A former apostolic nuncio to the United States has called on Pope Francis to resign over the developing scandal of clerical sex abuse that is casting a lengthening shadow over his visit to Ireland this weekend.
Archbishop Carlo Maria Viganò, the Holy See's former ambassador in Washington, has accused Pope Francis of repealing sanctions imposed by his predecessor Benedict XVI on disgraced former Archbishop of Washington Theodore McCarrick.
Pope Francis last month accepted Cardinal McCarrick’s resignation from the College of Cardinals and directed the 88-year-old former Archbishop of Washington to observe “a life of prayer and penance in seclusion” until the end of the canonical process against him.
Although Archbishop Viganò says McCarrick had been placed under sanctions by Benedict XVI, Church observers point out that the former Archbishop of Washington continued with an active schedule of pastoral engagements following his retirement.
Archbishop Viganò was sent to Washington as papal ambassador to the United States in 2011. According to Vatileaks letters, Viganò was exiled to the US from an administrative post in the Vatican for whistleblowing on mismanagement of Holy See finances.
He is an ally of the "dubia" cardinals, who have publicly challenged the Pope to correct his family life teaching. Earlier this year he attended a conference of Catholic critics of Francis in Rome where the keynote speaker, Cardinal Burke, set out times when a Pope should be "disobeyed".
Viganò served in Washington until 2016 and towards the end of his tenure was at the centre of a fiasco involving the Pope meeting Kim Davis, a clerk from Kentucky who refused to perform same-sex marriages, during a visit to the United States. A controversial meeting between Francis and Davis took place at Archbishop. Viganò’s residence with the Vatican later emphasised their encounter was not a papal endorsement of her position.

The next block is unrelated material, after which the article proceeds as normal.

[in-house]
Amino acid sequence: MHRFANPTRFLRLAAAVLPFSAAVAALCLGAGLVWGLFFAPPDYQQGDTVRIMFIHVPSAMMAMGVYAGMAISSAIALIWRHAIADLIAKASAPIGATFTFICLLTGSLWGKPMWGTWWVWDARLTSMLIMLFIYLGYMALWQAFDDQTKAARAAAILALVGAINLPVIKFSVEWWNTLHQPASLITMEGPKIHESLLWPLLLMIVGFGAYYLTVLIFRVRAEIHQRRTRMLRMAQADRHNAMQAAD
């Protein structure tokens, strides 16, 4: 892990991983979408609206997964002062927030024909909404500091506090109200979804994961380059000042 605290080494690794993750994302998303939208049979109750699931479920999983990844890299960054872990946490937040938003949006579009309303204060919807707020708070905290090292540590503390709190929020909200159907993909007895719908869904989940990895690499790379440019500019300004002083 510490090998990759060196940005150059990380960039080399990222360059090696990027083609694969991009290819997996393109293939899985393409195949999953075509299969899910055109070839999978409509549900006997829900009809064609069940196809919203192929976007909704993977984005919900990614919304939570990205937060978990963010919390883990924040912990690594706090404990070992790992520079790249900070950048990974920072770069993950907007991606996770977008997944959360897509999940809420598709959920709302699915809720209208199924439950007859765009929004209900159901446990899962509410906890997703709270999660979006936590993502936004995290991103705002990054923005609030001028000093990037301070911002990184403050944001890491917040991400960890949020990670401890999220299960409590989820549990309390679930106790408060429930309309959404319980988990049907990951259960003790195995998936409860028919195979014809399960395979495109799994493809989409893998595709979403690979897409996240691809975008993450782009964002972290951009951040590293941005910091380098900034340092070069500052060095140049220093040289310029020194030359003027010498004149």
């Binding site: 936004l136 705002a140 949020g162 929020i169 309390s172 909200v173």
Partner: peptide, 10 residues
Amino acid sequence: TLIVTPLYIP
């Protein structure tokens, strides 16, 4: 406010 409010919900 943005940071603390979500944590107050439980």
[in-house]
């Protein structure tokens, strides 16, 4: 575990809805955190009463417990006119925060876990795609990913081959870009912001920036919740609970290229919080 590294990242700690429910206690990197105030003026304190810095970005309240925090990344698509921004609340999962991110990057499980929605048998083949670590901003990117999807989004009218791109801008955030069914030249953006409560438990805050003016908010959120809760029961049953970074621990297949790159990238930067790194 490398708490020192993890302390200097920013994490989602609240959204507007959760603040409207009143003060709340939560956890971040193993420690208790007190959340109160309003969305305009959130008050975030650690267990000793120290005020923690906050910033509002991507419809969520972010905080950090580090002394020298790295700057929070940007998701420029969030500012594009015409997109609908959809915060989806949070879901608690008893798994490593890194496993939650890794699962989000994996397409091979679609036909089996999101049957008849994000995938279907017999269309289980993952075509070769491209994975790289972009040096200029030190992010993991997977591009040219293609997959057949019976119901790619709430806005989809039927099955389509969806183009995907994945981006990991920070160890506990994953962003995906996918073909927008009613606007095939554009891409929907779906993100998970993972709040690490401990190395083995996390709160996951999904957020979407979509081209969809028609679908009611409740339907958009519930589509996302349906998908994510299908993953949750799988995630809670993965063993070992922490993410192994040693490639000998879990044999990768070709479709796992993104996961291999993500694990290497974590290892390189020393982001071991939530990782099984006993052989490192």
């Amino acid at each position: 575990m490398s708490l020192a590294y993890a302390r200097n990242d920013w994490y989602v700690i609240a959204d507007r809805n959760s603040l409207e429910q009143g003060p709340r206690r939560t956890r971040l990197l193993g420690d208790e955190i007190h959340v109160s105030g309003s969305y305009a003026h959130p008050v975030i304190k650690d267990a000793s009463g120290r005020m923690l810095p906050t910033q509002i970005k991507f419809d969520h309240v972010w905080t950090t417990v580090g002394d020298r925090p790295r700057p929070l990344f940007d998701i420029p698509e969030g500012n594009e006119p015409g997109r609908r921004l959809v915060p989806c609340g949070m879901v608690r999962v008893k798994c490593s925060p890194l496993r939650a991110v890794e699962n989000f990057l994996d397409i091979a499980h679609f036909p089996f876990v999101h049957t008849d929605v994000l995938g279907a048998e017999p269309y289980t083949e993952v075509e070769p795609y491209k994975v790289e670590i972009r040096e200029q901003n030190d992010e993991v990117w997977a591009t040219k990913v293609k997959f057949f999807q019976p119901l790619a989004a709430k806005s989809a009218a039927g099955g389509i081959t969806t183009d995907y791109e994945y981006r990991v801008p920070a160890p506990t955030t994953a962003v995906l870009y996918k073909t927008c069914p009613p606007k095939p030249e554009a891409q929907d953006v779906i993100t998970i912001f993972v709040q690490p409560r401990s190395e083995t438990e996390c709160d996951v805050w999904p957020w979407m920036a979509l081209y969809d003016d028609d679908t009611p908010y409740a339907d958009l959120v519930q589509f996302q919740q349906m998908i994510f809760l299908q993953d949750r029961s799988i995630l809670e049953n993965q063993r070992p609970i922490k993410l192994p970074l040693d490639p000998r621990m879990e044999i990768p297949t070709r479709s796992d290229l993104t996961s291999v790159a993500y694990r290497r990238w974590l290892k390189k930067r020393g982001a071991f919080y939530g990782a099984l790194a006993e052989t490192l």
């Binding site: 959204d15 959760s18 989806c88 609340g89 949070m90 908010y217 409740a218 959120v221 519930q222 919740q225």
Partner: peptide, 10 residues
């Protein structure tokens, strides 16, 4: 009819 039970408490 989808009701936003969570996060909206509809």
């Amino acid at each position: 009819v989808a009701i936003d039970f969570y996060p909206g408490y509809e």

While Archbishop Viganò raised sexual misconduct allegations against McCarrick involving seminarians, he does not claim to have known – or informed the Pope – about evidence of McCarrick’s abuse of minors.
In his 11-page open letter released in during the Pope's visit to Ireland, as Francis prepares to celebrate Mass for half a million people in pouring rain, and published by the Veritas Vincit conservative blog, Viganò goes into substantial detail of what he knew about these sanctions, and subsequent events.
He writes: "Bishops and priests, abusing their authority, have committed horrendous crimes to the detriment of their faithful, minors, innocent victims, and young men eager to offer their lives to the Church, or by their silence have not prevented that such crimes continue to be perpetrated.
Some commentators pointed out on Twitter that Viganò is a long-time critic of Francis.
Austen Ivereigh tweeted: "After Viganò hit-job, how apt that Francis will be in Knock this morning, in a poor and wretched little village, where Mary is silent, the Lamb and Joseph appear as never before or since, and John the beloved holds the book open at the words 'and the Lamb will be victorious…'."
However, criticism of how the Pope has addressed the crisis in Ireland is growing.
Authoritative writers such as former Tablet editor Catherine Pepinster pointed out: "The trouble with Pope Francis quoting Benedict XVI on abuse in 2010 talking about just and effective measures is that it stresses how little has actually changed in eight years." She was referring to NCROnline, themselves quoting reaction to Pope Francis' earlier address, where critics are upset that he addressed the crisis but offered no solutions to ending it.
According to survivor Marie Collins, who is among those the Pope met yesterday and who has stated that the Pope has so far failed to come up with an action plan, and that more than "words" is needed, the Church is unwilling to investigate the sex abuse crisis properly because of a fear of a "domino effect" – just how far it goes.